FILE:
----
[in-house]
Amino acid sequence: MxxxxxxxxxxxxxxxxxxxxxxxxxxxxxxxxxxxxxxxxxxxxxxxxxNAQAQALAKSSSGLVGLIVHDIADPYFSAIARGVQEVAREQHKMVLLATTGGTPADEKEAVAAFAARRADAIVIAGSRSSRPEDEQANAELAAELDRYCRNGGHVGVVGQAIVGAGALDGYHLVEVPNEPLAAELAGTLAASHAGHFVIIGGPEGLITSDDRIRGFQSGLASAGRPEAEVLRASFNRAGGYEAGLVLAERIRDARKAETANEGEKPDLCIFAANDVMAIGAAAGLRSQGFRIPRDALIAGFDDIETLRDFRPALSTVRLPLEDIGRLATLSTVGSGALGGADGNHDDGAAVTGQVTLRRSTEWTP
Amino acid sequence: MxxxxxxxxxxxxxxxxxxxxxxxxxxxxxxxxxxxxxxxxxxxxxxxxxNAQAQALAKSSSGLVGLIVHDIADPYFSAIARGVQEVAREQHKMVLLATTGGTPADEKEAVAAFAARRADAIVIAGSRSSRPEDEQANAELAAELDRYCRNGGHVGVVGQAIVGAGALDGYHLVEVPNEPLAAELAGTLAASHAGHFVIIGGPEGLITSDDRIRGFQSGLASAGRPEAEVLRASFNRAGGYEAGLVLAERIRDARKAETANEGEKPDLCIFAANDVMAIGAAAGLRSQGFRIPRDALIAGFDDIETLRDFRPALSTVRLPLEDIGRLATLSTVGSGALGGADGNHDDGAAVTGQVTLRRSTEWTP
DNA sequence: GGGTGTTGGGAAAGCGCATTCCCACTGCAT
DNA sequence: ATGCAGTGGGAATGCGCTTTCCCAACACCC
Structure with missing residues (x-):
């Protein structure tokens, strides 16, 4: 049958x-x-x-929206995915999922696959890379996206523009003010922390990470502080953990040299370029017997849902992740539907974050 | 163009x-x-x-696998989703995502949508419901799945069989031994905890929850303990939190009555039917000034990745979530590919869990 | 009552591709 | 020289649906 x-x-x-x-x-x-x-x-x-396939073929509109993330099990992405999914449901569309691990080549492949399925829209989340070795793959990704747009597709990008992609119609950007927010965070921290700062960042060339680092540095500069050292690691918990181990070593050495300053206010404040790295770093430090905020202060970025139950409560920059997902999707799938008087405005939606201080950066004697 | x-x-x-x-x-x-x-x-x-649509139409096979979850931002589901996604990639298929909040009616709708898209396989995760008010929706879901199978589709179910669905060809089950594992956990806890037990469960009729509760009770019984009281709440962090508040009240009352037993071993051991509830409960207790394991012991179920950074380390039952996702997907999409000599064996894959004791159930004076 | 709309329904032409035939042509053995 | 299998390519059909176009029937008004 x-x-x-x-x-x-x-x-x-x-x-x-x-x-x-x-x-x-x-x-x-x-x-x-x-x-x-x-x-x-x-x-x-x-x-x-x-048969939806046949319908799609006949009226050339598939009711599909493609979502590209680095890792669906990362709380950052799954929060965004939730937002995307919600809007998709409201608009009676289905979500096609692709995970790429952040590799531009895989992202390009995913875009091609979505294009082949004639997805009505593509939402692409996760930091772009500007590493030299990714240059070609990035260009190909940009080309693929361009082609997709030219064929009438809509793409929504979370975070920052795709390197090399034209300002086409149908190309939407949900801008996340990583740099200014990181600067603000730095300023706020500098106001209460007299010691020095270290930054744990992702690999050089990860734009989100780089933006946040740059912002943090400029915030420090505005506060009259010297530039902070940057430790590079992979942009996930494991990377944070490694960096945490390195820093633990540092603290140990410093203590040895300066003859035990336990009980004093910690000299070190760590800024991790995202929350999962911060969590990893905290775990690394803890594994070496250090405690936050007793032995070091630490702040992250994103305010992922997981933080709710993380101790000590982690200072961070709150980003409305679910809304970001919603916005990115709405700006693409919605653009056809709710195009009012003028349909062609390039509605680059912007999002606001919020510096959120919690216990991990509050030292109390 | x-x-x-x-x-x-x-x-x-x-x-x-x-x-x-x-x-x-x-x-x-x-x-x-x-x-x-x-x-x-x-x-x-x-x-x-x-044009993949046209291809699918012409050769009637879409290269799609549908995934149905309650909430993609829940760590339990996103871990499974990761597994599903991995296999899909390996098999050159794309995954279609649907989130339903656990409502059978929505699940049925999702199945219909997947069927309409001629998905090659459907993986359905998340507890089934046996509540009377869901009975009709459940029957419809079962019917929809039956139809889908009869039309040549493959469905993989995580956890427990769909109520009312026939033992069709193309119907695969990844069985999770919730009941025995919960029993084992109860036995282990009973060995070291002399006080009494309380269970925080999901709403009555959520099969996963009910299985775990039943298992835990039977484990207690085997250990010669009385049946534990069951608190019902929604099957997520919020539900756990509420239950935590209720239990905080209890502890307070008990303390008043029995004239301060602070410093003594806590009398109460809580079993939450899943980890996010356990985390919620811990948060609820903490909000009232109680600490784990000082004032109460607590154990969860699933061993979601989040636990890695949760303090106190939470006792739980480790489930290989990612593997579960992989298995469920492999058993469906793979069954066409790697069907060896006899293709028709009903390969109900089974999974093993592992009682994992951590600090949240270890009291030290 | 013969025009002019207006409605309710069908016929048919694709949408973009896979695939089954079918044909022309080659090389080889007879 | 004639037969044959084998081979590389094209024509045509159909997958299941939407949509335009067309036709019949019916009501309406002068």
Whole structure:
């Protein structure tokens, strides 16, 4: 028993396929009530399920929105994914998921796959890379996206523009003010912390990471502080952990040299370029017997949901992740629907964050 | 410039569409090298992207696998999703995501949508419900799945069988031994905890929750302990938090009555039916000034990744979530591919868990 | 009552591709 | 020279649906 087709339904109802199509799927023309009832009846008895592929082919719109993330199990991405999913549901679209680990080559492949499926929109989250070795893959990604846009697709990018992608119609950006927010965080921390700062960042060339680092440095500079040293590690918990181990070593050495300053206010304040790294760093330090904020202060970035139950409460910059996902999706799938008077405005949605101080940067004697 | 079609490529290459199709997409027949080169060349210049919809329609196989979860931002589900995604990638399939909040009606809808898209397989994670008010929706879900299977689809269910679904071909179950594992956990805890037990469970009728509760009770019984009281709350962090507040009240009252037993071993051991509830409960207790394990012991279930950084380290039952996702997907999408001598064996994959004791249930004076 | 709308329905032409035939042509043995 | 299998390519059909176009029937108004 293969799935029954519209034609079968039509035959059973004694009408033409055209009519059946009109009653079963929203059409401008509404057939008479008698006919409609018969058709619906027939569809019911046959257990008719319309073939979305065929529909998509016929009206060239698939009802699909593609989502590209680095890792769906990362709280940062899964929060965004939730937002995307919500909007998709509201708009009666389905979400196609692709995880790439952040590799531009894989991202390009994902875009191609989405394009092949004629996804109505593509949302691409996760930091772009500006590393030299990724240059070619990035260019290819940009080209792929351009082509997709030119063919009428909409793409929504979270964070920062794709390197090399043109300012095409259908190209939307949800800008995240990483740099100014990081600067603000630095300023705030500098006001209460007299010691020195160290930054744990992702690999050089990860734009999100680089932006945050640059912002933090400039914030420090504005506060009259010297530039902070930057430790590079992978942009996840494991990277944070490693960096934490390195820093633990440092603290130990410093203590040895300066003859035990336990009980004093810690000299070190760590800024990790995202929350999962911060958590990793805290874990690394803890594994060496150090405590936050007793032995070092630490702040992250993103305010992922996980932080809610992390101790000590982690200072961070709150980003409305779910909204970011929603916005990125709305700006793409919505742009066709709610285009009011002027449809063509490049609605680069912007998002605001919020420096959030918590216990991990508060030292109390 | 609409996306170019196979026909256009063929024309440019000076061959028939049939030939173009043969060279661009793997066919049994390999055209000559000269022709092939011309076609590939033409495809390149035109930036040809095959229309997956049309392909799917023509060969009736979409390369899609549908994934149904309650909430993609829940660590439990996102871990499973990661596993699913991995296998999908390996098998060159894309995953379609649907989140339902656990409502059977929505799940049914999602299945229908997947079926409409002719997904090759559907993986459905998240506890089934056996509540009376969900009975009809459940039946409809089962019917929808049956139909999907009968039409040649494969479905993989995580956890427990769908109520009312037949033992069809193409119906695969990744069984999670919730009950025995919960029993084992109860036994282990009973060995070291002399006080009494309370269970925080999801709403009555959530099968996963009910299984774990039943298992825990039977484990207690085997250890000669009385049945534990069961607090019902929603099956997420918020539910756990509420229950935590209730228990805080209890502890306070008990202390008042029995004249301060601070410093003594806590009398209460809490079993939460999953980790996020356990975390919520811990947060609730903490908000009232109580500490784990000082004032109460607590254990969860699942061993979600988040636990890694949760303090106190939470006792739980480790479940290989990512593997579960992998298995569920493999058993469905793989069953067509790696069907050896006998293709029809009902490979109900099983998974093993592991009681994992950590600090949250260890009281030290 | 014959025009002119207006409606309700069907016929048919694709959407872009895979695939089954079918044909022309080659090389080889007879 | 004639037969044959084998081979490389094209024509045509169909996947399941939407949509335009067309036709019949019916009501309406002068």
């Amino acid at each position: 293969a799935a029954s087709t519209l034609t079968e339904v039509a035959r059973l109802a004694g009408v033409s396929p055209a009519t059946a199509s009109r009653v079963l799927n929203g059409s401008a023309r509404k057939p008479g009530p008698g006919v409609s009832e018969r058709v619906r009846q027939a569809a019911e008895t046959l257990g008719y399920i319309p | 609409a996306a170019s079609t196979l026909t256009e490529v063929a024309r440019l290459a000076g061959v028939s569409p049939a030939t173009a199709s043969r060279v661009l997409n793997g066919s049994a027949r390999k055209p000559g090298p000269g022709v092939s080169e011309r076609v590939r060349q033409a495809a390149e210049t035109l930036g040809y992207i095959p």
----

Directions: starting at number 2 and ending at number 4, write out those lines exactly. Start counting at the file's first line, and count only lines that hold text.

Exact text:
Amino acid sequence: MxxxxxxxxxxxxxxxxxxxxxxxxxxxxxxxxxxxxxxxxxxxxxxxxxNAQAQALAKSSSGLVGLIVHDIADPYFSAIARGVQEVAREQHKMVLLATTGGTPADEKEAVAAFAARRADAIVIAGSRSSRPEDEQANAELAAELDRYCRNGGHVGVVGQAIVGAGALDGYHLVEVPNEPLAAELAGTLAASHAGHFVIIGGPEGLITSDDRIRGFQSGLASAGRPEAEVLRASFNRAGGYEAGLVLAERIRDARKAETANEGEKPDLCIFAANDVMAIGAAAGLRSQGFRIPRDALIAGFDDIETLRDFRPALSTVRLPLEDIGRLATLSTVGSGALGGADGNHDDGAAVTGQVTLRRSTEWTP
Amino acid sequence: MxxxxxxxxxxxxxxxxxxxxxxxxxxxxxxxxxxxxxxxxxxxxxxxxxNAQAQALAKSSSGLVGLIVHDIADPYFSAIARGVQEVAREQHKMVLLATTGGTPADEKEAVAAFAARRADAIVIAGSRSSRPEDEQANAELAAELDRYCRNGGHVGVVGQAIVGAGALDGYHLVEVPNEPLAAELAGTLAASHAGHFVIIGGPEGLITSDDRIRGFQSGLASAGRPEAEVLRASFNRAGGYEAGLVLAERIRDARKAETANEGEKPDLCIFAANDVMAIGAAAGLRSQGFRIPRDALIAGFDDIETLRDFRPALSTVRLPLEDIGRLATLSTVGSGALGGADGNHDDGAAVTGQVTLRRSTEWTP
DNA sequence: GGGTGTTGGGAAAGCGCATTCCCACTGCAT